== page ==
Saturday, January 10, 2009

Follow the Money

That's the apt title of Brad Sester's column on central banking and macro-monetary policy. Today he is saying what I said yesterday, albeit a lot more eloquently. He steps through each piece in the housing bubble, demonstrating once again how we arrived at the time honored correlation between banking crises and real estate crashes. One key piece that I hadn't clearly fixed on before (though I did understand that pegging your currency is the original "Black Swan" idea -- which and in a beef completely beside the point, I find this Taleb guy to be a bit of a huckster and this black swan term pretty useless and/or abused. Currency pegs end in disaster, even though for a while they inevitably look like they are working wonders. Is that a black swan event just because it doesn't follow a log-normal probablitity distribution. Do we really need to pay a guy a guy a gazillion dollars per lecture to tell us that not everything works like physics? I mean, at least if we're not recovering physicists? And if you take the semantic high road and argue that black swan is not meant to refer to actually pretty predictable (though not log-normal) events like the sub-prime implosion or the sudden cracks that eventually rip open every pegged currency like it were a tectonic house of cards -- that is if you argue that instead it is meant to refer to events we can't predict at all, visionary events so to speak, then exactly how useful is that? I bet if you pay Donald Rumsfeld a gazillion dollars to have lunch he'll be happy to tell you about the unknowns unknowns too.)

... anyway, I hadn't clearly seen another difficulty that the RMB peg created in this situation.

The impact of US policies to restrain domestic demand on global adjustment is complicated by the the fact that the large savings surplus countries peg to the dollar. Suppose the US takes steps that restrain domestic demand growth (tighter regulation of risky lending, tighter fiscal policy, higher policy interest rates). The result would tend to be slower US growth — and less US import demand. Less import demand translates into a smaller current account surplus in the exporting countries. Their income falls a bit, and unless spending or investment falls, their savings would fall too. That is the first effect. But a US slowdown — at least one not induced by a strong rise in US rates — tends to put downward pressure on the dollar. The US imports a lot, but a US slump still has a bigger impact on activity in the US than activity in the world. And a slowdown in the US — especially one that leads to lower rates — tends to put downward pressure on the dollar. If say China (or any other major emerging economy) pegs to the dollar, their currencies go down too — and that tends to push up exports to places like Europe that let their currencies float. That keeps Chinese income and savings up.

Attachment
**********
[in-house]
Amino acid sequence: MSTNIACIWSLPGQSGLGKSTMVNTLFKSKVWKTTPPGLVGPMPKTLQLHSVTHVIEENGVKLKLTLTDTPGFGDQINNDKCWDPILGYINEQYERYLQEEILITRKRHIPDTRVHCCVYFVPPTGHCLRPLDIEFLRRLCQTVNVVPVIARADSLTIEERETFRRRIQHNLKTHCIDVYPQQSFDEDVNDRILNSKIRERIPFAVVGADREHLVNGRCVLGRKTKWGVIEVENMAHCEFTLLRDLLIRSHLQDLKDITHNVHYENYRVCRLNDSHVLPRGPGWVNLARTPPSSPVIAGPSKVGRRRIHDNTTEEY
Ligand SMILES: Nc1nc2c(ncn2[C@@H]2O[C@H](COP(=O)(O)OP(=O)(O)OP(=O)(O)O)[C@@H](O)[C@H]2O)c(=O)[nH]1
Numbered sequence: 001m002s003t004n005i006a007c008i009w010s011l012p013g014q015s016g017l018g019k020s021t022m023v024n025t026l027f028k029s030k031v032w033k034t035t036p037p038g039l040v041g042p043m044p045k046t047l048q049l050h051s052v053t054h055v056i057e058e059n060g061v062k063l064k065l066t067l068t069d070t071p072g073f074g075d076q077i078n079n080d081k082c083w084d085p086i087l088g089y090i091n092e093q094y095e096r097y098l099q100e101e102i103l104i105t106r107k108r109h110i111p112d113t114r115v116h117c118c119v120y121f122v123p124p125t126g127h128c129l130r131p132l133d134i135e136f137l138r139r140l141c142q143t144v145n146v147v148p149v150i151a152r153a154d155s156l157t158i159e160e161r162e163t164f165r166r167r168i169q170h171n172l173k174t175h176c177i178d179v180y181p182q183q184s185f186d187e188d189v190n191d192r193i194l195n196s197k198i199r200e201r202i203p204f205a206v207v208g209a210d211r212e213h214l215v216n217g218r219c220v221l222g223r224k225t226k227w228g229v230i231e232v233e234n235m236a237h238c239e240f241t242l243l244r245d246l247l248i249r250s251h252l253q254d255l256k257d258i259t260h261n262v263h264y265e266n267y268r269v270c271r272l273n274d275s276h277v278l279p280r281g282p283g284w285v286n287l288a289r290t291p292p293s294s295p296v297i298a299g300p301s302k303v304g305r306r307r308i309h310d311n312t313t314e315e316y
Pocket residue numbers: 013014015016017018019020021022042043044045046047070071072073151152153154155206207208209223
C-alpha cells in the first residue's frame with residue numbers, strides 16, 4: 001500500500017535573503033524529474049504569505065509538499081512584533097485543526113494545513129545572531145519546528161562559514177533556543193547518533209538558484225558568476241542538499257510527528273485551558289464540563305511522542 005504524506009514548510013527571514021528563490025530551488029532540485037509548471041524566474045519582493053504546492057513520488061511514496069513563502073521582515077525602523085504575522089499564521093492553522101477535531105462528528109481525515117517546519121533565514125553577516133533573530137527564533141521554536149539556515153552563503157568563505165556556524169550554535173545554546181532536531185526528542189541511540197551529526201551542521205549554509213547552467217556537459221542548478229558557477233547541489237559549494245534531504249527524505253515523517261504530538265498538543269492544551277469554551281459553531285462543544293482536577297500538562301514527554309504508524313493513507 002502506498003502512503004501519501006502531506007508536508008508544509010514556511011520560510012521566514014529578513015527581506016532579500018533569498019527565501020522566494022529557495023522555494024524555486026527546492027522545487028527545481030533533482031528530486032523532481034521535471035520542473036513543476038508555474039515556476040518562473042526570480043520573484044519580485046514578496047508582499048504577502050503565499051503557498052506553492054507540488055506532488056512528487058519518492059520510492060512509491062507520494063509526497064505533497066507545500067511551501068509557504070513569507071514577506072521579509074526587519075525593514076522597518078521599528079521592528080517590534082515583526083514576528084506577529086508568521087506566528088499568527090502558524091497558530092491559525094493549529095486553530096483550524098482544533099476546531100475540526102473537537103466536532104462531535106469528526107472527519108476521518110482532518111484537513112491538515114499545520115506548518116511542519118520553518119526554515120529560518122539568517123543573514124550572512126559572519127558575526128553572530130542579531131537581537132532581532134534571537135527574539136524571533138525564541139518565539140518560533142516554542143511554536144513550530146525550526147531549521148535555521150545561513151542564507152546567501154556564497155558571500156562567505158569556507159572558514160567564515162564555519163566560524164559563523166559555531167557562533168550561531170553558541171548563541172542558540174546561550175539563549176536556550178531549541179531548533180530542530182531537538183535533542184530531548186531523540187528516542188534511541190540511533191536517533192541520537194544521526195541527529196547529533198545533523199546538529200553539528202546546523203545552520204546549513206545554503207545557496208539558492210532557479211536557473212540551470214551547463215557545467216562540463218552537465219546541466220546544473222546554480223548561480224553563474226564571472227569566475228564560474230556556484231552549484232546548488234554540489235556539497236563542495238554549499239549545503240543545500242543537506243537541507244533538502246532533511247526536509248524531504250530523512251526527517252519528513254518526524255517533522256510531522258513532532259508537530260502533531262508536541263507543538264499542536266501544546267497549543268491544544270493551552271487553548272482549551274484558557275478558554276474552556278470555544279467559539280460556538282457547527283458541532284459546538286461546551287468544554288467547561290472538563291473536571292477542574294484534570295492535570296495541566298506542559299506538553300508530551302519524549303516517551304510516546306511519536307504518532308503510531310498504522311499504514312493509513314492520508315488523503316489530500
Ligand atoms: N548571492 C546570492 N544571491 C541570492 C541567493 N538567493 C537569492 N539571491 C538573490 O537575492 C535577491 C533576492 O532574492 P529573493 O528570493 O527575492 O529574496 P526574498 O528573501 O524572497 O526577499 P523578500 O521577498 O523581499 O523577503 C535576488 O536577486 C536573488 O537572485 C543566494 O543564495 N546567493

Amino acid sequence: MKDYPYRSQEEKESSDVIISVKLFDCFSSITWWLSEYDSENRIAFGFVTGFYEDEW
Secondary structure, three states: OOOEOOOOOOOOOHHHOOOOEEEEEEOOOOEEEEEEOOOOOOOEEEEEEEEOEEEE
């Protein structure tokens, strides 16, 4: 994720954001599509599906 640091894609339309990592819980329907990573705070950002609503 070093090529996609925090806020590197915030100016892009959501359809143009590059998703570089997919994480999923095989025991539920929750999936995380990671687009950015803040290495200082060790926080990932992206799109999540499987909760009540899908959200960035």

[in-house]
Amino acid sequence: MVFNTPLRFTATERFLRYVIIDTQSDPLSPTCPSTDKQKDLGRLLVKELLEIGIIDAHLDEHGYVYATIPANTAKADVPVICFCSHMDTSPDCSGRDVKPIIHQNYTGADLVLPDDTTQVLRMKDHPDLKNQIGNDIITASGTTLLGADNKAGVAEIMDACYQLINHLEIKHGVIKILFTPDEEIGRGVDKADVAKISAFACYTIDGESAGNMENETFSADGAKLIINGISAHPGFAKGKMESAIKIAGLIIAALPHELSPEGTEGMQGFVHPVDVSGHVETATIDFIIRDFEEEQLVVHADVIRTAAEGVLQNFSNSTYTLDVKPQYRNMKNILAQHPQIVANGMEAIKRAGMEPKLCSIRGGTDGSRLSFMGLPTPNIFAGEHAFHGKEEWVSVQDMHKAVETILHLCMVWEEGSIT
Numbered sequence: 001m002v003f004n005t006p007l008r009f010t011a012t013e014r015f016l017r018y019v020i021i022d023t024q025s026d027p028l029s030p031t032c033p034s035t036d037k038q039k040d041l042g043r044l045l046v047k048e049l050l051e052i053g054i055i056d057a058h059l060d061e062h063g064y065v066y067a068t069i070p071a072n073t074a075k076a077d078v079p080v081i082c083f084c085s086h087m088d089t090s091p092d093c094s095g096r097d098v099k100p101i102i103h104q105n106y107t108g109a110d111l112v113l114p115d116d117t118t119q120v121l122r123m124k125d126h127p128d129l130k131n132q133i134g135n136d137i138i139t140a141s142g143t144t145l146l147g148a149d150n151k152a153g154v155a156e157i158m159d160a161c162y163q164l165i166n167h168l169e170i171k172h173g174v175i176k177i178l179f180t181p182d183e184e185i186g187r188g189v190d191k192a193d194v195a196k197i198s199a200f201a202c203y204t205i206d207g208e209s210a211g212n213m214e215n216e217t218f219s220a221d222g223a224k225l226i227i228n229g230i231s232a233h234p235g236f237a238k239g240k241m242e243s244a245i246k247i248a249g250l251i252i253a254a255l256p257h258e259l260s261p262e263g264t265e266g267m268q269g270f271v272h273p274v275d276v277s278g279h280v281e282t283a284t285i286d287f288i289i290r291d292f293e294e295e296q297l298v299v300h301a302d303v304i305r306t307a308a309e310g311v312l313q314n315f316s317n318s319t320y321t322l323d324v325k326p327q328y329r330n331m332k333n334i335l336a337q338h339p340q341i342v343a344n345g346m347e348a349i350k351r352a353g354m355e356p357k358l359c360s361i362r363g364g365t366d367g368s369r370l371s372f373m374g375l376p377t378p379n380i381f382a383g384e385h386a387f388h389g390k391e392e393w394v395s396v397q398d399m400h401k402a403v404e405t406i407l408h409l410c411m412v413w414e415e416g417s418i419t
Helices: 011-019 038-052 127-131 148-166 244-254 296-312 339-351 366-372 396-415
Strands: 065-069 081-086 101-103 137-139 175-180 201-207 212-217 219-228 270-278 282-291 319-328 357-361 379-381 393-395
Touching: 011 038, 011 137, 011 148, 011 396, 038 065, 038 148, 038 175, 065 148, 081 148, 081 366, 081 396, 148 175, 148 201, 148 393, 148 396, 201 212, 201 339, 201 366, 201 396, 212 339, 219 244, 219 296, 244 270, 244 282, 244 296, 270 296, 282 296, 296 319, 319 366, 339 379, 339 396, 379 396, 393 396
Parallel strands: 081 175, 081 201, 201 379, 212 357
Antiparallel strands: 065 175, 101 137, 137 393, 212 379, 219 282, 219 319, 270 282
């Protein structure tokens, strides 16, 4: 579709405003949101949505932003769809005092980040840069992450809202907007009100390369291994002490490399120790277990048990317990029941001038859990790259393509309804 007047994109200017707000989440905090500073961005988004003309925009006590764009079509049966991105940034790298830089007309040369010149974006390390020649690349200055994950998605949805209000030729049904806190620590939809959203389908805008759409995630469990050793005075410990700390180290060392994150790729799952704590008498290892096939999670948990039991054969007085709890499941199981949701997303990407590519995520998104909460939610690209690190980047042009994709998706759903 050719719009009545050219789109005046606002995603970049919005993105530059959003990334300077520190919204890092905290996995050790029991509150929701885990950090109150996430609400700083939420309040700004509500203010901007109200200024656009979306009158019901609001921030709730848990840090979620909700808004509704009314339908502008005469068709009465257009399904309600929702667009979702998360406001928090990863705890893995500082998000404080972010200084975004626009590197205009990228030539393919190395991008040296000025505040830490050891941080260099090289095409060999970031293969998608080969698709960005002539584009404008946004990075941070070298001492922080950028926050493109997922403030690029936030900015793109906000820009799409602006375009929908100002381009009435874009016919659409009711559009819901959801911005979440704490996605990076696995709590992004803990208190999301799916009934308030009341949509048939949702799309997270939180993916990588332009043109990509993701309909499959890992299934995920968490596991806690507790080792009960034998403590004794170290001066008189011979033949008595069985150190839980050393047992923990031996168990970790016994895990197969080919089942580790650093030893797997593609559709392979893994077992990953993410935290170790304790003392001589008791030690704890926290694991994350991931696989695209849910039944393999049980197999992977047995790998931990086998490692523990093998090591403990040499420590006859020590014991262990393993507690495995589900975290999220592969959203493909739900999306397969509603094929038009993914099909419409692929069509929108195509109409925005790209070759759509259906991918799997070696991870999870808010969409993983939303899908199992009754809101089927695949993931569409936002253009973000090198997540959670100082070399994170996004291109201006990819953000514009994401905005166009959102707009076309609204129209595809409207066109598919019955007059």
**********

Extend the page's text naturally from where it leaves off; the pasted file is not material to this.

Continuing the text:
And if a weaker dollar leads to higher commodity prices even as the US– still a big commodity importer — slows, that helps support savings in the commodity exporters.

Now we're putting together a lot of pieces in the recent puzzle ... housing, the dollar, commodities ... I wish I could say that this made it easier to see what happens next, but I'm not sure I can claim that. There is a fork just ahead in the road which is primarily political. After the political decision is (at least for a few years) taken or not taken to stick with the dollar system and its imbalances, then we will get some clarity on where we are headed. But the basic decision seems clearer and clearer -- we either try to patch together the system we had and restore the previous imbalances, or we try to move towards something more balanced and sustainable.

  1. Would imply that the current recession will be less horrific than anticipated, that the Fed's reflation will, with China's help, take hold, but that with 2 years we will be back in commodity bubble-landia, with results similar to those we have today.
  2. Would presumably imply a longer slowdown both here and in China as both side attempt to readjust their structural imbalances. The US can't learn to save overnight, and the Chinese can't learn to spend overnight, but I imagine that if we cooperate, we can both readjust over the period of a few years. I assume this would mean a period of subpar growth, but no major macro-economic changes.
  3. Would be 2 without the cooperation. These imbalances can end overnight, either now, or in two years, if everyone runs in the directions of protectionism.
Do you have to be crazy to think we can manage 2?

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